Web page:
Labor Secretary Perkins Did Her Part to Make Sure Social Security Endures

A Feb. 27, 1935, memo by President Roosevelt to Francis Perkins regarding Social Security went to auction in December 2008.

By Jim O’Neal

President Theodore “Teddy” Roosevelt created the U.S. Department of Commerce and Labor on Feb. 14, 1903. It was renamed the Department of Commerce in 1913 and various bureaus and agencies specializing in labor were shifted to a new Department of Labor.

Until 1920, women were prohibited from having Cabinet-level positions since they were not allowed to vote. President Franklin D. Roosevelt broke this barrier in 1933 by appointing Francis Perkins as Secretary of Labor. She was instrumental in aligning labor with the New Deal.

The New Deal was a complex integrated plan to provide present relief, future stability and permanent security in the United States. Much of the president’s thinking about security – which would soon come to be called “social security” – rested on a premise that overcompetition in the labor market depressed wages, spread misery rather than income, curtailed the economy and worked special hardship on the elderly.

Roosevelt was determined to find a way to “dispose of surplus workers,” in particular those over the age of 65. The federal government could provide immediate relief to able-bodied workers as the employer of last resort, while returning welfare functions to the states. Unemployment insurance would relieve damage from economic downturns by sustaining workers’ living standards, and removing older workers (permanently) through government paid old-age pensions would create broad economic stability.

The longer-term features of Roosevelt’s grand design were incorporated into a landmark measure whose legacy endured and reshaped the texture of American life: the Social Security Act. No other New Deal measure proved more lastingly consequential or is more emblematic of the very essence of the New Deal. No one was better prepared to thread the needle of the tortuous legislative process than Secretary of Labor Francis Perkins and FDR personally assigned her the task of chairing a Cabinet committee to prepare the legislation for submission to Congress.

Madame Secretary (as she preferred to be called) brought to her task the commonsense practicality of her New England forebearers; compassion of the special milieu from her time at social-work pioneer Jane Addams’ Hull House; and a dose of political expertise gained as a labor lobbyist and industrial commissioner in New York. Perkins had evolved from a romantic Mount Holyoke College graduate, who tried to sell “true love” stories to pulp magazines, into a mature, deadly serious battler for the underprivileged.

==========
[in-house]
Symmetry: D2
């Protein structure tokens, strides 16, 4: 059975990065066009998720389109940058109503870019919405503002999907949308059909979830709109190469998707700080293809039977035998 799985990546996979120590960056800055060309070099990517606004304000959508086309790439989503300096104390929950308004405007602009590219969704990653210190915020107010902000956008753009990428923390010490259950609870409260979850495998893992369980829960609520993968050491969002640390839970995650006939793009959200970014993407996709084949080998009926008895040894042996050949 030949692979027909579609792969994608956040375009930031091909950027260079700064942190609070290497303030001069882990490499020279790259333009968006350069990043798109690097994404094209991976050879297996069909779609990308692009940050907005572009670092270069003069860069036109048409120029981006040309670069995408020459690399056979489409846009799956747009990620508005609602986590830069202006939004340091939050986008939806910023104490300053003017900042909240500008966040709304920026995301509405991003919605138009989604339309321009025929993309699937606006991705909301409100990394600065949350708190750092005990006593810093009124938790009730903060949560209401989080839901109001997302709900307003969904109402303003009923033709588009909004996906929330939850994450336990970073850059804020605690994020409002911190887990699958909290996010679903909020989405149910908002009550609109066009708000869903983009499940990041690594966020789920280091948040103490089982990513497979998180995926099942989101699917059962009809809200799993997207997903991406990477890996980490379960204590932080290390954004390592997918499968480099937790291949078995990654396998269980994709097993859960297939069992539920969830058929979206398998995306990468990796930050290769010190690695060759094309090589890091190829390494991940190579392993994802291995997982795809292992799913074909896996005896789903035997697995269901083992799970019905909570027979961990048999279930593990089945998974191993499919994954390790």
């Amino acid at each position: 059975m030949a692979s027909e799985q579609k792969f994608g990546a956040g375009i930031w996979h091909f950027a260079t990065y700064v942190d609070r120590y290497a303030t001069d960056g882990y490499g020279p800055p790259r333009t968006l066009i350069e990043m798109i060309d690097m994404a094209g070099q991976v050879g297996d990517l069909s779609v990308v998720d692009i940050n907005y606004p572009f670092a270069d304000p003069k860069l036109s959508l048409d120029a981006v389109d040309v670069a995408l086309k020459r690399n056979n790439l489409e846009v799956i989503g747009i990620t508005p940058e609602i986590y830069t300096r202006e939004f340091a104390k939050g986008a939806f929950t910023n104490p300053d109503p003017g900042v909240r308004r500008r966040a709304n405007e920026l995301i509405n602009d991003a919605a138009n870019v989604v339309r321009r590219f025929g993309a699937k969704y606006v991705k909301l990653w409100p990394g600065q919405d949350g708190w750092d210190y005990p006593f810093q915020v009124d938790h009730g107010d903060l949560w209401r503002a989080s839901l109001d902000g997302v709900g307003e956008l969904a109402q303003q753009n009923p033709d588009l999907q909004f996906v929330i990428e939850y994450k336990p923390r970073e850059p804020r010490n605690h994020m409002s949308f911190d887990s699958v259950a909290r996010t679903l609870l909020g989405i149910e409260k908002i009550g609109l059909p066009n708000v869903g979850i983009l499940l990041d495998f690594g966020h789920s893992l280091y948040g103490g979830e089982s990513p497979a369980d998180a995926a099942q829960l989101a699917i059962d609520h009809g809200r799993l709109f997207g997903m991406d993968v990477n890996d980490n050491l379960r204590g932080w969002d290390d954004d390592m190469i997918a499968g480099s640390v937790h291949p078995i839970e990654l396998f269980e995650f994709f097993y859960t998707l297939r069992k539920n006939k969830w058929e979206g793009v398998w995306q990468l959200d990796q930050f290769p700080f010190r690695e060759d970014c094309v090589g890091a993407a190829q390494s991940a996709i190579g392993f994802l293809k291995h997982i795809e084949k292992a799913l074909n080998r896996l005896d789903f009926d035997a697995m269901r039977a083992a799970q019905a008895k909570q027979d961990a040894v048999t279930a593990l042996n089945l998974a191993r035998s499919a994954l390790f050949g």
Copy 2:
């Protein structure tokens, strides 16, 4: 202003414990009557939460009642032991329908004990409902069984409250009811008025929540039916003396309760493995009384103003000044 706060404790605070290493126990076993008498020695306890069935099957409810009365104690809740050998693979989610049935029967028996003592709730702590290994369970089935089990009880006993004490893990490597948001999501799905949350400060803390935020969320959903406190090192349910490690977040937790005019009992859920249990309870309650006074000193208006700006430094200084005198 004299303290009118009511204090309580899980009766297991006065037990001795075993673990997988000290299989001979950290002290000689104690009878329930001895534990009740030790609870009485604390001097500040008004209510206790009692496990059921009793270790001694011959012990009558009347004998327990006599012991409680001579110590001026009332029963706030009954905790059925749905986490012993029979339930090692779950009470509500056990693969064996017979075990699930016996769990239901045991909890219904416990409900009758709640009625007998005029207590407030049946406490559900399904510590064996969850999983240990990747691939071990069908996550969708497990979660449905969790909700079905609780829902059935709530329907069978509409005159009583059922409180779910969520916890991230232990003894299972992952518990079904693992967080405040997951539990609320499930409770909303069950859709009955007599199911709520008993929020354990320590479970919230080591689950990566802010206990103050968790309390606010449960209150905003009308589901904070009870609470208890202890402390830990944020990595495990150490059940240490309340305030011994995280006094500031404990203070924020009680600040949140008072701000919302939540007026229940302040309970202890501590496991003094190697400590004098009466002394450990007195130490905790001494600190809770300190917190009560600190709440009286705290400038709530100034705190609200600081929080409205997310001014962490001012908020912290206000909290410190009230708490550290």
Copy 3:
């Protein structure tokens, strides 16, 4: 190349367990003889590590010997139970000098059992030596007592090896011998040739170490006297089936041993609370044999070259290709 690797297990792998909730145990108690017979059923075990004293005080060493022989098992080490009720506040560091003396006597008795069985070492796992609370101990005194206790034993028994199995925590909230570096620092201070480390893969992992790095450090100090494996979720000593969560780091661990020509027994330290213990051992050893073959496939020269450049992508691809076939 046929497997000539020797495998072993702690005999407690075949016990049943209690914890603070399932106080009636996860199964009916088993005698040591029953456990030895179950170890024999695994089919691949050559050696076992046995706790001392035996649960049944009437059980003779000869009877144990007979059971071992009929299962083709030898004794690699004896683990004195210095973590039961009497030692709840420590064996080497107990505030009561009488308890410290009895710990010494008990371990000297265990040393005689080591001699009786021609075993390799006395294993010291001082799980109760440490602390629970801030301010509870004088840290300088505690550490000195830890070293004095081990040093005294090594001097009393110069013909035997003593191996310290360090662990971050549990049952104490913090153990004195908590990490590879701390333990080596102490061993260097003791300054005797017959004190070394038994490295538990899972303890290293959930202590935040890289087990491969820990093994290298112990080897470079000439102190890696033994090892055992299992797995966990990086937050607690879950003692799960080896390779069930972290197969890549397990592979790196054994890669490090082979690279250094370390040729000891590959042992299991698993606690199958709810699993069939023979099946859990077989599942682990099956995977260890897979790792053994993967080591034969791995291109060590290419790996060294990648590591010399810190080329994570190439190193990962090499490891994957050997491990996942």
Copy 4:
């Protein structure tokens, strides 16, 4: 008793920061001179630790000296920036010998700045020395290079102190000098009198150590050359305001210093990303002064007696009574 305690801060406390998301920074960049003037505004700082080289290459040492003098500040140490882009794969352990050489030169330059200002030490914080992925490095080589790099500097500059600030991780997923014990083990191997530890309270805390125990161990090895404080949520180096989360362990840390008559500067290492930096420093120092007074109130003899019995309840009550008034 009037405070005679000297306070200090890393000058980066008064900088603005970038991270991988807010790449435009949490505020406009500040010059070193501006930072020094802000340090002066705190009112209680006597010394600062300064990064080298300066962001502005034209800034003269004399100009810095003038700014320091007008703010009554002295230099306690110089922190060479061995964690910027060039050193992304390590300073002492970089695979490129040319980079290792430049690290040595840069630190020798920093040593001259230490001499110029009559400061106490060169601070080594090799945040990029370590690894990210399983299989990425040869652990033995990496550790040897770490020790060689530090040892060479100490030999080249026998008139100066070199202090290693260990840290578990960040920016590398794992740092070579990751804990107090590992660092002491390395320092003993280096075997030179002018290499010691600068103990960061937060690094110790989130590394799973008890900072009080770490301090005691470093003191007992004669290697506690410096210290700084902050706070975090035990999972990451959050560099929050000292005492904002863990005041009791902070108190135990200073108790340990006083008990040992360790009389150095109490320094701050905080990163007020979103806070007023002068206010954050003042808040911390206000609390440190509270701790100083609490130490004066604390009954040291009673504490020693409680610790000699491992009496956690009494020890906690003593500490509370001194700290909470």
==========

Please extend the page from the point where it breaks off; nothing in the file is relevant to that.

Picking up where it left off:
She owed her position to a comrade-in-arms relationship with New York Governor Al Smith and FDR in New York reform battles and also the spreading influence of an organized women’s faction in the Democratic Party. She wisely believed that enlightened middle-class reformers could do more for themselves through tough legislation than union organization; and without the distraction of industrial conflict and social disruption.

Meanwhile, the American labor movement, led by the stubborn Samuel Gompers, relied exclusively on protection of labor’s right to organize. Even after his death, his American Federation of Labor (AFL) spurned legislation and continued to bargain piecemeal, union by union, shop by shop … a strategy that collapsed as the depression deepened.

We know how this ended on Jan. 17, 1935, when President Roosevelt unveiled his Social Security program. Today, 61 million people – or one family in four – receive benefits. However, there is no “lockbox” for Social Security and the flow of taxes and benefit payments are co-mingled with all General Obligations; which includes Medicare, military spending, food stamps and foreign aid. Everything is dependent on the federal government’s ability to levy taxes and borrow money to fund the unsustainable debts backed by “the full faith and credit of the United States.”